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Promote It! Tracking Your Users

Tracking Services

Web-based tracking services are the most common practice for measuring your traffic.

You simply copy and paste a small piece of JavaScript code provided by the service into the HTML of every page on your site. The code keeps track of everyone who visits the page and sends the data it records over the web to another website, where those results are tallied and displayed.

Google Analytics is a free web-based tracking service that is practically as powerful as any commercial traffic service. It's quick and easy to set up and comes with an intuitive dashboard.  Just sign up for an account,  paste the code on your pages, and visit the Google  Analytics website any time you want to check on your traffic.

There is one catch: Any service that relies on JavaScript code won't work if the visitor's browser blocks JavaScript.

What is JavaScript?

JavaScript is a simple programming language that adds interactive features to web pages. JavaScript is used for everything from pop-up windows to buttons that change appearance when you roll over them with your mouse. It's rare but not impossible for hackers to use JavaScript code for malicious purposes, so most web browsers offer their users the option to disable JavaScript support. To learn more about Javascript, visit's helpful tutorials.

We've assembled a list of the most popular web-based tracking services. Prices and features vary; we recommend you evaluate each service carefully and decide which one best meets your needs.

Google Analytics

The free Google tool is used by thousands of websites to track their visitors. It's easy to get started and the administration screen is fairly intuitive and powerful, although it is tailored to Google Adwords customers with emphasis on conversion rates and other customer metrics.


Clicky offers an intuitive interface and free plans for websites with less than 3,000 page views per day. For as little as $5 per month, you can upgrade to an account that will give you real-time tracking, something even Google doesn't do.


The free SiteMeter web counter service provides basic information about visits and visitors, browsers used to visit your site and referring URLs. It's updated constantly as people come to your site. In exchange, you must display a relatively unobtrusive Site Meter graphic on every page of the site. Site Meter's oddly colored tools and cluttered site interface can be difficult to use. You can also hide the required SiteMeter graphic from your users if you upgrade to "standard" service, which costs $7 per month.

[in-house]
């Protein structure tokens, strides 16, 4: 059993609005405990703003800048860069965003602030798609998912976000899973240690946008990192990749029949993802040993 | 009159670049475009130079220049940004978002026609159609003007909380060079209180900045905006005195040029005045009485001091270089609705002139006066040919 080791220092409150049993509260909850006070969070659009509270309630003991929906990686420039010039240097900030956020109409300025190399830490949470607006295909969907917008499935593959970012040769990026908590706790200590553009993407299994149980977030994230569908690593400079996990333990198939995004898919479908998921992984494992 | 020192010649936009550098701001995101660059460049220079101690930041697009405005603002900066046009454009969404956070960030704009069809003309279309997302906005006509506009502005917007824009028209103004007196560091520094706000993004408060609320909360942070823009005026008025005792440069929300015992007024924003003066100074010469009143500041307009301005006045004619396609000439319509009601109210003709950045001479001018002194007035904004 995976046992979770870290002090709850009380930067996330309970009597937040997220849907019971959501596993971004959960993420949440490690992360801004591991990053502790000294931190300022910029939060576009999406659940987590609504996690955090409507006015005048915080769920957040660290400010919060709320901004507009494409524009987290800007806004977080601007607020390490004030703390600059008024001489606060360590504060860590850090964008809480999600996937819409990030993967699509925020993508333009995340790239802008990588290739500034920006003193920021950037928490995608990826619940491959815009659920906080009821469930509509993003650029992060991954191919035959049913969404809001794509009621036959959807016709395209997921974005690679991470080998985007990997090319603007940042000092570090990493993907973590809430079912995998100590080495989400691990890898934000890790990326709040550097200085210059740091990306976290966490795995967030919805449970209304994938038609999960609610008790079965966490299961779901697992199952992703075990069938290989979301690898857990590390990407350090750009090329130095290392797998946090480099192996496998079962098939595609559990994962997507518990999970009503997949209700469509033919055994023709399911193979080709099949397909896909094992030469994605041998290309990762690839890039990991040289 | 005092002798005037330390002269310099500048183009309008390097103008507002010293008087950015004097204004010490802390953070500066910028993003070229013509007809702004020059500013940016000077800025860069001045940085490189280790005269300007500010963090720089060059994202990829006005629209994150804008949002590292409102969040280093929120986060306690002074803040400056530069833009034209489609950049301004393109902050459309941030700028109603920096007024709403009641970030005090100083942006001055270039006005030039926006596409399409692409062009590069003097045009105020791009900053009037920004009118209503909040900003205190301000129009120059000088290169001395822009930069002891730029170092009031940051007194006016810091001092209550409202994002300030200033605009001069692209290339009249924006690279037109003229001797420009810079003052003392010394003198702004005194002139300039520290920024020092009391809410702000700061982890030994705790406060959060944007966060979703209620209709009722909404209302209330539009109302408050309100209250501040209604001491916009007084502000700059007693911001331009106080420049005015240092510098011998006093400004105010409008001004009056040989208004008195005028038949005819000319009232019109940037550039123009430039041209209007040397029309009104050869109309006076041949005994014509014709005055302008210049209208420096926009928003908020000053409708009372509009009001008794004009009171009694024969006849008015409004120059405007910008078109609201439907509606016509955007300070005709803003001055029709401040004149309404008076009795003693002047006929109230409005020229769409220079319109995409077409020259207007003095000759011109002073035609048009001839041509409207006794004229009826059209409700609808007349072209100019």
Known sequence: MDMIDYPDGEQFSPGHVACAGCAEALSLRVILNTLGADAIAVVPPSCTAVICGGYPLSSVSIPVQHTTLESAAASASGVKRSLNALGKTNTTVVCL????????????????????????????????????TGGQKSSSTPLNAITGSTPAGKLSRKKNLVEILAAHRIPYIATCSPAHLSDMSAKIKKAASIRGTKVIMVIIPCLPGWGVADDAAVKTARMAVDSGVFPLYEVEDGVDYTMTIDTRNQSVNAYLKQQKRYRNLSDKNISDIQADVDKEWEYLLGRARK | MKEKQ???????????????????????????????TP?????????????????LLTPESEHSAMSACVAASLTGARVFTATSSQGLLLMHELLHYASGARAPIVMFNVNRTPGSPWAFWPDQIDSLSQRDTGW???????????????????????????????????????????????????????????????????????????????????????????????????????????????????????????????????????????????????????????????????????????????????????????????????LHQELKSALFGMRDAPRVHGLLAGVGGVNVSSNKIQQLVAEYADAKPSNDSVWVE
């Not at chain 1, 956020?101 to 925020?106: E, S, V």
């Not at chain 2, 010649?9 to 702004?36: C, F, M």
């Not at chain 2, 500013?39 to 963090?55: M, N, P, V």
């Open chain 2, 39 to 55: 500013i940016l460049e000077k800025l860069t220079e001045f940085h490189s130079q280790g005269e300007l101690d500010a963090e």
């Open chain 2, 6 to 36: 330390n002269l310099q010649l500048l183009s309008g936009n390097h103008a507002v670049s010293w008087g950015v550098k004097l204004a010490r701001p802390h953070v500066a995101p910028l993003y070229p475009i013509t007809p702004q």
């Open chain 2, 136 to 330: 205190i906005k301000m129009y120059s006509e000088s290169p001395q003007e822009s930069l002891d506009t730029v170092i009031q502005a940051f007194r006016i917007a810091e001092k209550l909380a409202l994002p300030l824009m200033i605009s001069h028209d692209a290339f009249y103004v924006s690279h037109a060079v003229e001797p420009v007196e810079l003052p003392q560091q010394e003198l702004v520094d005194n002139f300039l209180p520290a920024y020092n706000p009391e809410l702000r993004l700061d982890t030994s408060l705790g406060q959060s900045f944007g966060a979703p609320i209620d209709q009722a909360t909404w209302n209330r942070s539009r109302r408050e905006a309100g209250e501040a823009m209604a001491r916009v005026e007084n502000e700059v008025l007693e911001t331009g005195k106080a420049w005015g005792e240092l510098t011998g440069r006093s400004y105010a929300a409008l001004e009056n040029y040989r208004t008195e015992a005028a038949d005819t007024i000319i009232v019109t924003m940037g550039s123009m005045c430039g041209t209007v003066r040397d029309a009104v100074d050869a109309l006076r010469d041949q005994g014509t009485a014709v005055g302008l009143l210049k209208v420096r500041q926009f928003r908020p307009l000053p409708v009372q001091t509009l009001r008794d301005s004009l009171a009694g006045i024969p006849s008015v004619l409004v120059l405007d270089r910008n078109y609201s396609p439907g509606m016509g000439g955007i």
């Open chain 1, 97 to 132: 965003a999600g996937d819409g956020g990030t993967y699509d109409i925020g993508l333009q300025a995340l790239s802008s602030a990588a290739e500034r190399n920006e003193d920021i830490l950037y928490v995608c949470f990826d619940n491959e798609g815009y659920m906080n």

As a SiteMeter user, you have the option of making your statistics public or private. Many sites let users view their traffic statistics. If your site enjoys healthy traffic, making your statistics public can help persuade advertisers that your site is a good investment.


StatCounter offers a clear interface, simple signup, and no requirement to display a link back to its site, even for its free package. Its robust analysis breaks down your current unique, returning and repeat visitors, as well as tracking statistics on incoming browsers and their resolutions, operating systems and countries of origin; the search engines and keywords they used to find your site; the referring links that brought them to your site, and more.

StatCounter's free service is aimed at websites with 250,000 pageloads per month or less and offers lifetime summary stats and a detailed analysis of your last 500 pageloads. .

Built-in Tools

Some content management systems have implemented traffic-tracking tools as part of their administrative interfaces. Most of these services are limited and will probably whet your appetite for more detailed information.

For example, if you use the independent blog software ExpressionEngine, some built-in site statistics are available, including limited data about the pages that have been visited, the refers to your site, and the total number of visitors.

J-Learning is an initiative of J-Lab: The Institute for Interactive Journalism. J-LabTM is an incubator for innovative, participatory news experiments and is a center of American University's School of Communication in Washington, D.C.
J-Learning was funded by the John S. and James L. Knight Foundation.

American University School of Communication

Knight Foundation

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